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People v. Christo

SEPTEMBER 25, 1974.




APPEAL from the Circuit Court of Cook County; the Hon. JOHN J. CROWLEY, Judge, presiding.


Rehearing denied October 24, 1974.

The defendant George H. Christo, was charged with the offense of theft. He waived a jury trial. After a motion to suppress evidence was heard and denied, he was found guilty as charged and sentenced to serve 120 days in the House of Correction. On appeal, the defendant solely contends that the motion to suppress evidence should have been sustained.

Officer Richard Stach was the only witness at the hearing on the defendant's motion to suppress. Called as a witness by defendant, he testified that on February 12, 1973, at approximately 12:20 A.M., he and another officer observed the defendant and a girl seated in a parked automobile. The officer further stated that although he had no warrant for either an arrest or search, he searched the defendant and discovered the evidence which is sought to be suppressed.

During cross-examination by the State, Officer Stach detailed the events which led to the search. He testified that as he approached the vehicle, the defendant "stepped out of the car in a fast manner." This drew his attention. He asked the defendant who owned the car, and the defendant responded that a friend of his did. Approximately 30 seconds after the defendant exited the vehicle, a resident of a nearby building informed the officer that the car was owned by another occupant of the building. The owner then appeared and told Officer Stach that he did not know either the defendant or his companion. Upon hearing this, Officer Stach placed the defendant under arrest and searched his person. On redirect examination he reiterated a firm recollection that the search was conducted subsequent to the arrest.

Illinois statutory law requires that "the order or judgment granting or denying the motion [to suppress evidence] shall state the findings of facts and conclusions of law upon which the order or judgment is based." (Ill. Rev. Stat., ch. 38, par. 114-12(e).) In compliance with the statute, the trial judge concluded: "The search was incidental to a proper stop. Motion to suppress denied."

The defense finds the court's use of the words "proper stop" particularly significant. On the basis of these words, it is argued that the search was not conducted incident to an arrest, but rather merely based upon suspicion, and that the evidence produced by the search should have been suppressed. The defendant concedes that there is no question but that a certain limited intrusion may be conducted pursuant to a "proper stop," but it is emphasized that such a search has definite and narrow parameters. The defendant cites section 108-1.01 of the Code of Criminal Procedure (Ill. Rev. Stat., ch. 38, par. 108-1.01), which provides in pertinent part:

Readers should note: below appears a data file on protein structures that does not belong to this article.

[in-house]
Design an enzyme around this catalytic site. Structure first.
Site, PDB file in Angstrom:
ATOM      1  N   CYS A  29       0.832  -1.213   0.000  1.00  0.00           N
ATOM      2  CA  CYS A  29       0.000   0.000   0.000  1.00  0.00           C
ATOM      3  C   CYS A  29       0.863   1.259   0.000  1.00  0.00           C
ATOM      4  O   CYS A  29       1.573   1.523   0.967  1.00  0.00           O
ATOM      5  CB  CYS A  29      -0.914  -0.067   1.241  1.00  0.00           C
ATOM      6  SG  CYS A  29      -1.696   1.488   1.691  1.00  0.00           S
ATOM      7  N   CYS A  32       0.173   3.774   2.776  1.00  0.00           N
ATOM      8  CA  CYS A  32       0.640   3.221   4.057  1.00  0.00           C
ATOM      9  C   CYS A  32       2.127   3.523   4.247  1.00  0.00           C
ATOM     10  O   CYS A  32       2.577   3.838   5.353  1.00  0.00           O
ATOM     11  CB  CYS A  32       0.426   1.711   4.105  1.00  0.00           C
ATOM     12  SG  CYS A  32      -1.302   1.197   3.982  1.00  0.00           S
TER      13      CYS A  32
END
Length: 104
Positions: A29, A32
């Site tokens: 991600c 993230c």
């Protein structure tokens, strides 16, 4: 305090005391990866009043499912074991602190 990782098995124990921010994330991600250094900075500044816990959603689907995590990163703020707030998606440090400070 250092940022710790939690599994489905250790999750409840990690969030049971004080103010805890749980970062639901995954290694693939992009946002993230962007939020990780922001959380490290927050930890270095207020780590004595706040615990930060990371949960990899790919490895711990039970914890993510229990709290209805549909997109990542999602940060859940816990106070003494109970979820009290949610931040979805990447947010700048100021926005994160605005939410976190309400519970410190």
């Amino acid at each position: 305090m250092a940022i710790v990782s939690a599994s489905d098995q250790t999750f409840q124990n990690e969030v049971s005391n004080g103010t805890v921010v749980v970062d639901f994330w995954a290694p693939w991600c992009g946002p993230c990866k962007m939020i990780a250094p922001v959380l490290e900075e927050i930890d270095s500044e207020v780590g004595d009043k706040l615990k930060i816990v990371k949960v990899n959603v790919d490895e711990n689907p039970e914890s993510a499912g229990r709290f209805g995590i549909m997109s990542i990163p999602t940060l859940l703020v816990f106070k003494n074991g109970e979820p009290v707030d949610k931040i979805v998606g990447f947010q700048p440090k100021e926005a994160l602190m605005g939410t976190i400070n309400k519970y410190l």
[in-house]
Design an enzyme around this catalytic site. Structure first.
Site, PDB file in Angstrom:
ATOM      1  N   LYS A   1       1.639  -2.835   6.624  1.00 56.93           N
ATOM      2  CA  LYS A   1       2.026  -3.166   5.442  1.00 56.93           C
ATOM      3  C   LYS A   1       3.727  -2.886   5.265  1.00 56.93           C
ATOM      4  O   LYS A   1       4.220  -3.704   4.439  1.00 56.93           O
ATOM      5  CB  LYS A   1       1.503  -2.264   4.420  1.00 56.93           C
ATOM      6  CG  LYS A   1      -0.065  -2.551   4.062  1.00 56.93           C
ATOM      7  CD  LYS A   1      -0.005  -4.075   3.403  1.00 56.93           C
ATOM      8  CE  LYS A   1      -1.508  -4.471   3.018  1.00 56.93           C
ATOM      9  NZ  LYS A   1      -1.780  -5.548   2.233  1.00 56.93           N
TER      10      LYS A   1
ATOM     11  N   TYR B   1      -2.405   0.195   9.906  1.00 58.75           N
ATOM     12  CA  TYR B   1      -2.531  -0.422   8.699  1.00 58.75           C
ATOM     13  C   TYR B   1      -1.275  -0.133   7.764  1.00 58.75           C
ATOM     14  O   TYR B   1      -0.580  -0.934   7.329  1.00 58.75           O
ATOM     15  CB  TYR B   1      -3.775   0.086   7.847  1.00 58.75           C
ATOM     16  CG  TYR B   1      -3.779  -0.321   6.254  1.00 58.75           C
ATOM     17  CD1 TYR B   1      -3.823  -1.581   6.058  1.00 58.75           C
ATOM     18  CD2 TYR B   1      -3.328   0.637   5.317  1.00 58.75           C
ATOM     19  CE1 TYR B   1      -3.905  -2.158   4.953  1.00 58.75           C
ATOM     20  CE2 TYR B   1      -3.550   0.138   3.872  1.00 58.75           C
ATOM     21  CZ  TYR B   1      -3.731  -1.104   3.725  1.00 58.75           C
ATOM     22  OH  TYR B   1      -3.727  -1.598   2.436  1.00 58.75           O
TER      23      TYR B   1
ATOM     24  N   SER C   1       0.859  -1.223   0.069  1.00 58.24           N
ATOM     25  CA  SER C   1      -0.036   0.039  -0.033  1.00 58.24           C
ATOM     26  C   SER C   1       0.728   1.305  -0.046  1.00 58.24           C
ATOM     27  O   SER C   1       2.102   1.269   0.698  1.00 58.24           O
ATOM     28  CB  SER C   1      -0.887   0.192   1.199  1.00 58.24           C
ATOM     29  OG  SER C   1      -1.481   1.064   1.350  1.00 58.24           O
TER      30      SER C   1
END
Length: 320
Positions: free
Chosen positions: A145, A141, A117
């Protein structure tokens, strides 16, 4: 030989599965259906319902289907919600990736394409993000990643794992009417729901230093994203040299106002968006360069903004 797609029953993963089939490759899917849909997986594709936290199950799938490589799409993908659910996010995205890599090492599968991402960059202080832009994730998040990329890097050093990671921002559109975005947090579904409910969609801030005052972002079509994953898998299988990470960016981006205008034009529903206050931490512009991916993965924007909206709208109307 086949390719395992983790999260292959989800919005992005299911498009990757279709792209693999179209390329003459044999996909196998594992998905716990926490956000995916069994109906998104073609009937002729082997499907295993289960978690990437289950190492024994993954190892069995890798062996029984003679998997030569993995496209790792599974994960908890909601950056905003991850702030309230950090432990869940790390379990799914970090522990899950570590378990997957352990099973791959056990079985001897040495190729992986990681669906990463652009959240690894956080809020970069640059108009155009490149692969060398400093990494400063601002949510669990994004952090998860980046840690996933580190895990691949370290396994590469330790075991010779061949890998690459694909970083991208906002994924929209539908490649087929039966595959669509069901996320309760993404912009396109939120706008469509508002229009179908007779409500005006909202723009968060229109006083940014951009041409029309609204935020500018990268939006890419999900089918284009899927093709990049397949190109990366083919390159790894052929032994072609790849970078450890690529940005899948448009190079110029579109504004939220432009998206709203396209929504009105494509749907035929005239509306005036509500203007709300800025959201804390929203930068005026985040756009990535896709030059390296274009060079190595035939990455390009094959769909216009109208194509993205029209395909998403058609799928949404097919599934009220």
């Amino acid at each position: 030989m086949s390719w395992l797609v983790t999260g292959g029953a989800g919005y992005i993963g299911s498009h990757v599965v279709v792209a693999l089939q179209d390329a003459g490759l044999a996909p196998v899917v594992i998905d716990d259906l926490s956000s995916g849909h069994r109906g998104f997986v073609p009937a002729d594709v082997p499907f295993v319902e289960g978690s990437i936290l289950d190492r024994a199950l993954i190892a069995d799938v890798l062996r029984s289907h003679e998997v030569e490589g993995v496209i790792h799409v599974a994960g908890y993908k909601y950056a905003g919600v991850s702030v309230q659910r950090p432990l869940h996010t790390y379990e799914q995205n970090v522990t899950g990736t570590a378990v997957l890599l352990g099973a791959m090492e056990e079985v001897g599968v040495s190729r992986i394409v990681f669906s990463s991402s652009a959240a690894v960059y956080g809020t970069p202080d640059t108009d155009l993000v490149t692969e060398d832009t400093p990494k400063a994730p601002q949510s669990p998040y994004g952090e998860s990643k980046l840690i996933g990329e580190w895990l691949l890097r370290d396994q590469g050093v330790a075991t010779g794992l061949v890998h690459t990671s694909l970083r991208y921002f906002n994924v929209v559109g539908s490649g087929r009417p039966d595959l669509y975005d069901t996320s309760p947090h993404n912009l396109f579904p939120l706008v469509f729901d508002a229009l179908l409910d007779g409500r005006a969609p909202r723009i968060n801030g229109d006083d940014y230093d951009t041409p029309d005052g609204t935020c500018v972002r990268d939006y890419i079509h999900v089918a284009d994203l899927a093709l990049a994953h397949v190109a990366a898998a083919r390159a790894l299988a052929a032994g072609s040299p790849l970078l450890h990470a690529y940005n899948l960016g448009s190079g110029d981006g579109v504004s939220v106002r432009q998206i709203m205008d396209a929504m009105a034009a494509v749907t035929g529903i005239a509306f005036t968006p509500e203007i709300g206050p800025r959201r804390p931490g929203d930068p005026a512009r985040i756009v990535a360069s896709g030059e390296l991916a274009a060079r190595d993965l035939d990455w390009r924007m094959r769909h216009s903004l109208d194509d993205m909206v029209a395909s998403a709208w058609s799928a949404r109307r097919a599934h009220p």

"When a peace officer has stopped a person for temporary questioning pursuant to Section 107-14 of this Code and reasonably suspects that he or another is in danger of attack, he may search the person for weapons * * *."

It is argued that the search, therefore, must be confined in scope to an intrusion designed to discover guns, knives, clubs, or other hidden instruments for the assault of the police officer. (Terry v. Ohio, 392 U.S. 1, 29.) The defense stresses that the seizure of certain items from the defendant's person was conducted during a "stop and frisk", and that the principles of law applicable to "stop and frisk" were erroneously applied by the trial judge. We are not in accord.

The fact that the court used the words "proper stop" does not in our opinion infer that it applied "stop and frisk law." The defendant regards the word "stop" as having a settled definition, when in fact, the contours of its connotations are ill-defined. This is not to say that the word may not and has not been used in the sense propounded by the defendant. We mean only to say that the word "stop" has not evolved to that degree of usage and crystal certainty as to indelibly label it a term of art. Its meaning is not fixed, but varies with the context in which it is used.

• 1-3 Placing the instant usage of the word in context with the evidence, clearly the trial court concluded that the search was conducted pursuant to an arrest based upon probable cause. The sole witness called to testify on the motion to suppress was Officer Stach. He testified that he did not arrest nor search the defendant until the defendant's statement that the automobile was owned by a friend of his was refuted by the true owner. Although the original stopping was based on mere suspicion, the arrest and subsequent search were made only after probable cause existed. A search is a reasonable intrusion under the Fourth Amendment when incident to a proper arrest (United States v. Robinson, 414 U.S. 218; Gustafson v. Florida, 414 U.S. 260.) We conclude that since the evidence clearly establishes the legality of the arrest and subsequent search, the defendant cannot avail himself of the Court's use of the word "stop" as a ground for reversal. People v. Wilson, 45 Ill.2d 581, 262 N.E.2d 441.

We find no reversible error in the record, and the judgment of the circuit court is affirmed.


ADESKO, P.J., and JOHNSON, J., ...

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